Raskin: Climate Change Is The ‘Civilizational Emergency Of Our Times’
Maryland Democratic Rep. Jamie Raskin kicked off a climate change hearing on Wednesday by quoting his late colleague, the former Oversight and Reform Committee Chairman Elijah E. Cummings (D-Md.), who died last week.
During a 2016 hearing about the water crisis in Flint, Mich., Cummings said, “Our children are the living messages that we send to a future that we’ll never see. The question is, will we rob them of their destiny? Will we rob them of their dreams? No, we will not do that.”
Those words are also relevant to efforts to combat climate change, Raskin said Wednesday.
Raskin, chairman of the House Oversight Subcommittee on Civil Rights and Civil Liberties, convened the hearing to discuss the fossil fuel industry’s early knowledge of their products’ contributions to climate change.
He called climate change “the civilizational emergency of our times, which threatens all of the rights and freedoms of the people, including the right to live.”
He added, “Climate change is one of the preeminent emergencies facing our country. The evidence seems overwhelming that for decades, the oil industry understood the lethal threat of climate change but misled the American people and buried the scientific truth of climate change.”
Rep. Alexandria Ocasio-Cortez (D-N.Y.), the vice chairwoman of the subcommittee, pointed to “documents going back decades showing that specifically Exxon Mobil or Exxon knew about climate change.”
The freshman Democrat also warned that “global warming is already wreaking havoc and displacing populations across the country and around the world,” and she stressed that minority communities are already among the hardest hit.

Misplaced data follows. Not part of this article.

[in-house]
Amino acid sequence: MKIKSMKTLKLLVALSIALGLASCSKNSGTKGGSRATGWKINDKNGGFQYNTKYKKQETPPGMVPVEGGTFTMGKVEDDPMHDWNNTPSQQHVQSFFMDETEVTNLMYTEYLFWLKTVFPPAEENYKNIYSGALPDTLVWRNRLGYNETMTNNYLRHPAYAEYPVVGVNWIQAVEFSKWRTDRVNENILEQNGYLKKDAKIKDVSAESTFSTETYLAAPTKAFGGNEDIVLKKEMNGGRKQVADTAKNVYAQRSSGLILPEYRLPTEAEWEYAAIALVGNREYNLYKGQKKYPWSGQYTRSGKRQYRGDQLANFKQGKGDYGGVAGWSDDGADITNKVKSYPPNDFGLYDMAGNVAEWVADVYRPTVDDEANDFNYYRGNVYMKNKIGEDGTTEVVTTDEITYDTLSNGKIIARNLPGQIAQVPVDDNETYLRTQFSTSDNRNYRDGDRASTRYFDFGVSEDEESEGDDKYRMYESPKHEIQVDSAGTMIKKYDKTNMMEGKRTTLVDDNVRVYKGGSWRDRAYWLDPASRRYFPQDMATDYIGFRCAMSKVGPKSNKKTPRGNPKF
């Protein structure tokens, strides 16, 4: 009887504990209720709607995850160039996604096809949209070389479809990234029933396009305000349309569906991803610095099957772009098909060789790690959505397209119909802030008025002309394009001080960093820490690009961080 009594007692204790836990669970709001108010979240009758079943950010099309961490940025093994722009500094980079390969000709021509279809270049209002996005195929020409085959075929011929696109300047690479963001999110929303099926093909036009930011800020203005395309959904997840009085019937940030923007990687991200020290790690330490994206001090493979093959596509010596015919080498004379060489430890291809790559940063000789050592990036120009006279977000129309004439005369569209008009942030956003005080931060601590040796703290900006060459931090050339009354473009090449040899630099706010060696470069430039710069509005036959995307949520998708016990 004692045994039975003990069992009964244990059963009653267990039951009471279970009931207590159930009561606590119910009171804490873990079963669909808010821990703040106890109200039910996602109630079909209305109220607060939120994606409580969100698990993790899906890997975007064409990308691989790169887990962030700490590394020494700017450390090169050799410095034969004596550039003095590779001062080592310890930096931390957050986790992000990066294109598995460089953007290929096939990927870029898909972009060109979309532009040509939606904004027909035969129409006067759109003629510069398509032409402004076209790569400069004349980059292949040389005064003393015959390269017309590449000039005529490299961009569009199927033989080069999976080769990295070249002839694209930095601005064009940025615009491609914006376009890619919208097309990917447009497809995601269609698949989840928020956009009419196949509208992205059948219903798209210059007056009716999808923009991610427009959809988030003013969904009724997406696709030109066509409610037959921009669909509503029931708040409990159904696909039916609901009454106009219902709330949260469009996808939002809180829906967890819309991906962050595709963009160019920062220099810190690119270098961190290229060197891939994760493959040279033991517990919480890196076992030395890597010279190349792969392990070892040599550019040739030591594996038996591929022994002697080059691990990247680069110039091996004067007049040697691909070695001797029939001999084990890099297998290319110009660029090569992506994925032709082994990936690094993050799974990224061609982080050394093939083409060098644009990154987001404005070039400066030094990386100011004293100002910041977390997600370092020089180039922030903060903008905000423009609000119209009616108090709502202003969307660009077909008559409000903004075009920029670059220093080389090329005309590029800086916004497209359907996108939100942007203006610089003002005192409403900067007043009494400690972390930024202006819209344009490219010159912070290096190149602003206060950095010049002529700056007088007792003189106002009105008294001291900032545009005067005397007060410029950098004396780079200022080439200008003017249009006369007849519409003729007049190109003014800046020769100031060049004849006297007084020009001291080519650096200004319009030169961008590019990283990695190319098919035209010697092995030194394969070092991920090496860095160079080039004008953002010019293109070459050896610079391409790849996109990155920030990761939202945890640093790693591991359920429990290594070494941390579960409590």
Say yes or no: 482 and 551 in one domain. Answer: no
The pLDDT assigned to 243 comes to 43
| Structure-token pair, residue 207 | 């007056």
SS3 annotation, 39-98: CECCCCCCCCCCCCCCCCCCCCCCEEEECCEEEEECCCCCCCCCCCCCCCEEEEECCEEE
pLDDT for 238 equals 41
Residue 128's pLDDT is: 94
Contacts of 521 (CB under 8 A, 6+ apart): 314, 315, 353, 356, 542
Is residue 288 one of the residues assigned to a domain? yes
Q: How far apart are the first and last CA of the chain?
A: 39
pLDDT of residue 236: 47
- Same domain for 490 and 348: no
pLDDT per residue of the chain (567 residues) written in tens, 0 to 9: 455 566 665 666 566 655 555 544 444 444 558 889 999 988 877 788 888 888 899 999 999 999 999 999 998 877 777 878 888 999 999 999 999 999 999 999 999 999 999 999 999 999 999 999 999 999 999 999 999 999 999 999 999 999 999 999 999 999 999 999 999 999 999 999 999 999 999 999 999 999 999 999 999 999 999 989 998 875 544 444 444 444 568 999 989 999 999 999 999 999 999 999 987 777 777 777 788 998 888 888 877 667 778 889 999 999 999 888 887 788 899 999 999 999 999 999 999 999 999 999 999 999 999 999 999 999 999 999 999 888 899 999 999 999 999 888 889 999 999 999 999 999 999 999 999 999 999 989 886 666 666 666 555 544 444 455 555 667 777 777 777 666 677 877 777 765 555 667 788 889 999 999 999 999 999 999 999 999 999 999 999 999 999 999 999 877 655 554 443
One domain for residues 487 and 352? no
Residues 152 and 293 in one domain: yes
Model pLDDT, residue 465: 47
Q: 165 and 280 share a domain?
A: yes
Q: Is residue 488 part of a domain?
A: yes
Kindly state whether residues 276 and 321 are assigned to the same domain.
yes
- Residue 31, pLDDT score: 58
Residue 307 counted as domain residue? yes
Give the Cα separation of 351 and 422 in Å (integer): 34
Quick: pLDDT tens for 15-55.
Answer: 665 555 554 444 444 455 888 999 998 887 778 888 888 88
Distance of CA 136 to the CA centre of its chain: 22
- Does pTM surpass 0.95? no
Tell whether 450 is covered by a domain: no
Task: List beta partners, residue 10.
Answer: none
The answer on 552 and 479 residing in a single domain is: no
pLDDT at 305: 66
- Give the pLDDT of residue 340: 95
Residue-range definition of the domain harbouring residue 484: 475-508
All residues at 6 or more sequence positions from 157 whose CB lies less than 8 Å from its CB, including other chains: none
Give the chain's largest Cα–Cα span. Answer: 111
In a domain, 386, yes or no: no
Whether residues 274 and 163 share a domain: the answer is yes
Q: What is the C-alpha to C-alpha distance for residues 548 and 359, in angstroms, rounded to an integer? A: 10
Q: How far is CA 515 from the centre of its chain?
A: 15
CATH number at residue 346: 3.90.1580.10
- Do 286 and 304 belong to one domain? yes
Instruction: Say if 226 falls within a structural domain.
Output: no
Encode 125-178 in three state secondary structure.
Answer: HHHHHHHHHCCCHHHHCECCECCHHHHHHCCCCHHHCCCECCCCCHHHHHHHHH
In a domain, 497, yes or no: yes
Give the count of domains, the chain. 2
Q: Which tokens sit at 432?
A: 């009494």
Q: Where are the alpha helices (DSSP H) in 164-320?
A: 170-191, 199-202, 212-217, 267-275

“In terms of the science and the modeling, do we see largely that it’s the global south and communities of color that may be bearing the brunt of the initial havoc from climate change?” she asked.
“Without a doubt,” replied Mustafa Ali, vice president for Environmental Justice Climate and Community Revitalization at the National Wildlife Federation. Those communities, he said, are “least likely to be able to escape or to make the transitions that others who maybe have more wealth can do.”
Exxon spokesman Steve Soper said in a statement about the hearing, “Climate change is a serious issue that requires the collective efforts of governments, individuals and companies to address in a meaningful way. Claims that company researchers reached definitive conclusions about climate change decades before the world’s experts are simply not accurate. Our researchers recognized the developing nature of climate science at the time, which mirrored global understanding. Cherry-picking statements is a tired tactic employed by activists to deliberately mislead the public, and has long been discredited.”